I put the code snippets in the order that I think is more pedagogical, and leave to the reader to reorganize them in the right one.

First, as I hinted previously, we are annotating formulas, conjunctions and disjunctions with their corresponding OCaml type, in order to reason on these types:

type 'a atom = int type 'a form = | X : 'a atom -> 'a form | And : 'a form * 'b form -> ('a * 'b) form | Or : 'a form * 'b form -> ('a, 'b) union form type 'a conj = | X : 'a atom -> 'a conj | And : 'a atom * 'b conj -> ('a * 'b) conj type 'a disj = | Conj : 'a conj -> 'a disj | Or : 'a conj * 'b disj -> ('a, 'b) union disj

What we are eventually looking for is a function `dnf`

mapping an `'a form `

to a `'b disj`

, but now these two must be related: they must represent two *equivalent* formulae. So, correcting what I just said: `dnf`

must return the pair of a `'b disj`

and a proof that `'a`

and `'b`

are equivalent. This pair is an existential type, which is easily coded with a GADT (we do similarly for conjunctions):

type 'a cnj = Cnj : 'b conj * ('a, 'b) equiv -> 'a cnj type 'a dsj = Dsj : 'b disj * ('a, 'b) equiv -> 'a dsj

Let’s leave out the definition of `equiv`

for a while. Now the code from the previous post is fairly easily adapted:

let rec conj : type a b. a conj -> b conj -> (a * b) cnj = fun xs ys -> match xs with | X x -> Cnj (And (x, ys), refl) | And (x, xs) -> let Cnj (zs, e) = conj xs ys in Cnj (And (x, zs), lemma0 e) let rec disj : type a b. a disj -> b disj -> (a, b) union dsj = fun xs ys -> match xs with | Conj c -> Dsj (Or (c, ys), refl) | Or (x, xs) -> let Dsj (zs, e) = disj xs ys in Dsj (Or (x, zs), lemma1 e) let rec map : type a b. a conj -> b disj -> (a * b) dsj = fun x -> function | Conj y -> let Cnj (z, e) = conj x y in Dsj (Conj z, e) | Or (y, ys) -> let Cnj (z, e1) = conj x y in let Dsj (t, e2) = map x ys in Dsj (Or (z, t), lemma2 e1 e2) let rec cart : type a b. a disj -> b disj -> (a * b) dsj = fun xs ys -> match xs with | Conj c -> map c ys | Or (x, xs) -> let Dsj (z, e1) = map x ys in let Dsj (t, e2) = cart xs ys in let Dsj (u, e3) = disj z t in Dsj (u, lemma3 e1 e2 e3) let rec dnf : type a. a form -> a dsj = function | X x -> Dsj (Conj (X x), refl) | Or (a, b) -> let Dsj (c, e1) = dnf a in let Dsj (d, e2) = dnf b in let Dsj (e, e3) = disj c d in Dsj (e, lemma4 e1 e2 e3) | And (a, b) -> let Dsj (c, e1) = dnf a in let Dsj (d, e2) = dnf b in let Dsj (e, e3) = cart c d in Dsj (e, lemma5 e1 e2 e3)

It seems more verbose, but since the functions now return existentials, we need to deconstruct them and pass them around. I abstracted over the combinators that compose the proofs of equivalence `lemma1`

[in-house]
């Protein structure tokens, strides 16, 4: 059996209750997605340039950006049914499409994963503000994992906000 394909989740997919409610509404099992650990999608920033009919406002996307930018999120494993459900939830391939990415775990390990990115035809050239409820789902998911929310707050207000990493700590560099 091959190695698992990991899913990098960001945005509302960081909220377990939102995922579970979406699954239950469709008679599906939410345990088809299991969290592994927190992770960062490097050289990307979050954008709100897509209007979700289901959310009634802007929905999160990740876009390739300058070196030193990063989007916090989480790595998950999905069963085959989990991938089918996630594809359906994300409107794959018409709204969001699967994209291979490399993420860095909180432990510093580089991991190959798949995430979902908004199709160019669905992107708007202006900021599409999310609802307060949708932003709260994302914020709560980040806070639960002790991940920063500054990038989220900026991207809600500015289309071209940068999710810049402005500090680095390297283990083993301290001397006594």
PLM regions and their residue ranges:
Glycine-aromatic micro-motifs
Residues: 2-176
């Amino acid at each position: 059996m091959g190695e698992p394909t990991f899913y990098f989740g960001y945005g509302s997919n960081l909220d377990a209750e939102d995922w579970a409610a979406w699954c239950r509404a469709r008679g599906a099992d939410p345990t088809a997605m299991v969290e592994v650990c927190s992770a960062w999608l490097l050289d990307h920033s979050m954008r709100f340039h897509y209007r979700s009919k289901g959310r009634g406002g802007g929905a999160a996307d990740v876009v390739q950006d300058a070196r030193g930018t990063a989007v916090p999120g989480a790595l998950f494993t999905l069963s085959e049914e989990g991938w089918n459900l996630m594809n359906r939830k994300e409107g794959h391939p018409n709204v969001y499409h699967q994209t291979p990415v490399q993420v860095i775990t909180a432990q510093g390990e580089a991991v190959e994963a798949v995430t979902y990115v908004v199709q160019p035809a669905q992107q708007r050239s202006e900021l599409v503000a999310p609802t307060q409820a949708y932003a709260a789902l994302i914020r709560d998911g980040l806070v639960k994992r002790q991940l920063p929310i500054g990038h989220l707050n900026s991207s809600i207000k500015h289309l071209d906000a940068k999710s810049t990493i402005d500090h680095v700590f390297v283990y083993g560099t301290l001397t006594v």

…`lemma5`

, we’ll deal with them in a moment. For now, you can replace them by `Obj.magic`

and read off their types with `C-c C-t`

to see if they make sense logically. Look at the last function’s type. It states, as expected: for any formula , there exists a disjuctive normal form such that .

Now on this subject, what is it for two types to be equivalent? Well, that’s the “trick”: let’s just use our dear old Curry-Howard correspondence! `'a`

and `'b`

are equivalent if there are two functions `'a -> 'b`

and `'b -> 'a`

(provided of course that we swear to use only the purely functional core of OCaml when giving them):

type ('a, 'b) equiv = ('a -> 'b) * ('b -> 'a)

Now we can state and prove a number of small results on equivalence with respect to the type constructors we’re using (pairs and unions). Just help yourself into these if you’re preparing an exercise sheet on Curry-Howard :)

(* a = a *) let refl : type a. (a, a) equiv = (fun a -> a), (fun a -> a) (* a = b -> b = a *) let sym : type a b. (a, b) equiv -> (b, a) equiv = fun (ab, ba) -> (fun b -> ba b), (fun a -> ab a) (* a = b -> b = c -> a = c *) let trans : type a b c. (b, c) equiv -> (a, b) equiv -> (a, c) equiv = fun (bc, cb) (ab, ba) -> (fun a -> bc (ab a)), (fun c -> ba (cb c)) (* a = b -> c = d -> c * a = d * b *) let conj_morphism : type a b c d. (a, b) equiv -> (c, d) equiv -> (c * a, d * b) equiv = fun (ab, ba) (cd, dc) -> (fun (c, a) -> cd c, ab a), (fun (c, b) -> dc c, ba b) let conj_comm : type a b. (a * b, b * a) equiv = (fun (x, y) -> y, x), (fun (x, y) -> y, x) (* (a * b) * c = a * (b * c) *) let conj_assoc : type a b c. ((a * b) * c, a * (b * c)) equiv = (fun ((x, y), z) -> x, (y, z)), (fun (x, (y, z)) -> (x, y), z) (* a = b -> c + a = c + b *) let disj_morphism : type a b c d. (a, b) equiv -> (c, d) equiv -> ((c, a) union, (d, b) union) equiv = fun (ab, ba) (cd, dc) -> (function Inl c -> Inl (cd c) | Inr a -> Inr (ab a)), (function Inl d -> Inl (dc d) | Inr b -> Inr (ba b)) (* (a + b) + c = a + (b + c) *) let disj_assoc : type a b c. (((a, b) union, c) union, (a, (b, c) union) union) equiv = (function Inl (Inl a) -> Inl a | Inl (Inr b) -> Inr (Inl b) | Inr c -> Inr (Inr c)), (function Inl a -> Inl (Inl a) | Inr (Inl b) -> Inl (Inr b) | Inr (Inr c) -> Inr c) (* a * (b + c) = (a * b) + (a * c) *) let conj_distrib : type a b c. (a * (b, c) union, (a * b, a * c) union) equiv = (function a, Inl b -> Inl (a, b) | a, Inr c -> Inr (a, c)), (function Inl (a, b) -> a, Inl b | Inr (a, c) -> a, Inr c)

Finally, thanks to these primitive combinators, we can prove the lemmas we needed. Again, these are amusing little exercises.

let lemma0 : type a b c d. (a * b, c) equiv -> ((d * a) * b, d * c) equiv = fun e -> trans (conj_morphism e refl) conj_assoc let lemma1 : type a b c d. ((a, b) union, d) equiv -> (((c, a) union, b) union, (c, d) union) equiv = fun e -> trans (disj_morphism e refl) disj_assoc let lemma2 : type a c d u v. (a * c, u) equiv -> (a * d, v) equiv -> (a * (c, d) union, (u, v) union) equiv = fun e1 e2 -> trans (disj_morphism e2 e1) conj_distrib let lemma3 : type a b c d e f. (a * b, c) equiv -> (d * b, e) equiv -> ((c, e) union, f) equiv -> ((a, d) union * b, f) equiv = fun e1 e2 e3 -> trans e3 (trans (disj_morphism e2 e1) (trans (disj_morphism conj_comm conj_comm) (trans conj_distrib conj_comm))) let lemma4 : type a b c d e. (a, c) equiv -> (b, d) equiv -> ((c, d) union, e) equiv -> ((a, b) union, e) equiv = fun e1 e2 e3 -> trans e3 (disj_morphism e2 e1) let lemma5 : type a b c d e. (a, c) equiv -> (b, d) equiv -> (c * d, e) equiv -> ((a * b), e) equiv = fun e1 e2 e3 -> trans e3 (conj_morphism e2 e1)